California Girls on The Wane Because of Japan Radiation? Study Says Nuclear Release Could Mean Fewer Females Born in Golden State
Katy Perry, a limited resource.
Yes, we still wish they all could be California girls.
But thanks to radiation from Japan's Fukushima Daiichi Nuclear Power Station, there could be less of them. And more boys.
A fascinating study out of Germany correlates release of radioactive material and a decrease in the number of girls born in an effected area. In the case of Japan's quake-and-tsunami plagued nuclear reactors, California's offspring could be in the cross-hairs, reports the UK's Daily Mail:
... In the wake of Japan's Fukushima Daiichi nuclear power plant accident experts are predicting another baby boy boom could be imminent, especially on the U.S. West Coast.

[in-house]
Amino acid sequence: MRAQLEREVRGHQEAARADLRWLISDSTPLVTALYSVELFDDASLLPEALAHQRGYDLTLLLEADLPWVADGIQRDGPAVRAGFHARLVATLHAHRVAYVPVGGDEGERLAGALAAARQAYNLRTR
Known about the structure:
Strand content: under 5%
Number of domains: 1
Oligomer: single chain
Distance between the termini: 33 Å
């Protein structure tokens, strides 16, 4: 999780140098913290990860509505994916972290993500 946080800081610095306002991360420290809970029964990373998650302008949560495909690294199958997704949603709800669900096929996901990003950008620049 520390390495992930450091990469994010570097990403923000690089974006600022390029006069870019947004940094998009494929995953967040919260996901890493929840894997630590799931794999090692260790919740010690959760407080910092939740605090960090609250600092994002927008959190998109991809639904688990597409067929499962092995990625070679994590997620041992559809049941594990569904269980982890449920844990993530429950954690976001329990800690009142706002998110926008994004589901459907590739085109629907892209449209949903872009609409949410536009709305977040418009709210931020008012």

'We do not know how much radioactivity was emitted through Fukushima and how it will spread throughout the world,' [study co-author Hagen] Scherb said.
'Maybe it's confined to just Japan, but if it gets in the water and the air, it's possible that we could see a similar effect, especially on the West Coast of America.'
The study looked at radiation releases, such as the 1986 Chernobyl disaster, and birthrates, from 1975 to 2007 and found a correlation between a decrease in girls being born and proximity to such nuclear hot zones.
One theory is that the radiation effects sperm's ability to transmit the X chromosome, leading to more XY births (boys) and fewer XX's (girls).
Of course, officials and experts have said radiation from Japan has been relatively miniscule in these parts.
Still, guys, keep your fingers (and legs) crossed.
Get the This Week's Top Stories Newsletter
Every week we collect the latest news, music and arts stories — along with film and food reviews and the best things to do this week — so that you’ll never miss LA Weekly's biggest stories.